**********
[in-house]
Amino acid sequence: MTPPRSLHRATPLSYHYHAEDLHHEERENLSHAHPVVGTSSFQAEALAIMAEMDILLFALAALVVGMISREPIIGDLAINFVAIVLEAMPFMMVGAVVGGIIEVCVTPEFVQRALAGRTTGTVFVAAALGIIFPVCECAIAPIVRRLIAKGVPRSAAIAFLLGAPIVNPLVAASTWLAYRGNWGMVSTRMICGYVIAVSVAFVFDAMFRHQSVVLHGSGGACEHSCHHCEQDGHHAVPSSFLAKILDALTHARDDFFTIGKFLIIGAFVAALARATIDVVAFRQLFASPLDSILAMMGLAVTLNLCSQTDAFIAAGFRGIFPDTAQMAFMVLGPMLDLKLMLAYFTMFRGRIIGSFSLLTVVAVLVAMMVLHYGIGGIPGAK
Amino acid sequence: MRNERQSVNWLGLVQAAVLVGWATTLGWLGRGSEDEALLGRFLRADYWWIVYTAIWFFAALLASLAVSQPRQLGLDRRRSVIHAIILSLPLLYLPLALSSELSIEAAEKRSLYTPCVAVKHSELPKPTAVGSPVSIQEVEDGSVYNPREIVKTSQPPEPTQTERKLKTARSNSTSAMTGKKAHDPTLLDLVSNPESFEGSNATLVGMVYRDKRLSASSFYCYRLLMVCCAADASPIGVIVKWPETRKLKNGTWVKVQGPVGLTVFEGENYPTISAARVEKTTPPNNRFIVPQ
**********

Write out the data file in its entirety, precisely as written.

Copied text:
[in-house]
Amino acid sequence: MTPPRSLHRATPLSYHYHAEDLHHEERENLSHAHPVVGTSSFQAEALAIMAEMDILLFALAALVVGMISREPIIGDLAINFVAIVLEAMPFMMVGAVVGGIIEVCVTPEFVQRALAGRTTGTVFVAAALGIIFPVCECAIAPIVRRLIAKGVPRSAAIAFLLGAPIVNPLVAASTWLAYRGNWGMVSTRMICGYVIAVSVAFVFDAMFRHQSVVLHGSGGACEHSCHHCEQDGHHAVPSSFLAKILDALTHARDDFFTIGKFLIIGAFVAALARATIDVVAFRQLFASPLDSILAMMGLAVTLNLCSQTDAFIAAGFRGIFPDTAQMAFMVLGPMLDLKLMLAYFTMFRGRIIGSFSLLTVVAVLVAMMVLHYGIGGIPGAK
Amino acid sequence: MRNERQSVNWLGLVQAAVLVGWATTLGWLGRGSEDEALLGRFLRADYWWIVYTAIWFFAALLASLAVSQPRQLGLDRRRSVIHAIILSLPLLYLPLALSSELSIEAAEKRSLYTPCVAVKHSELPKPTAVGSPVSIQEVEDGSVYNPREIVKTSQPPEPTQTERKLKTARSNSTSAMTGKKAHDPTLLDLVSNPESFEGSNATLVGMVYRDKRLSASSFYCYRLLMVCCAADASPIGVIVKWPETRKLKNGTWVKVQGPVGLTVFEGENYPTISAARVEKTTPPNNRFIVPQ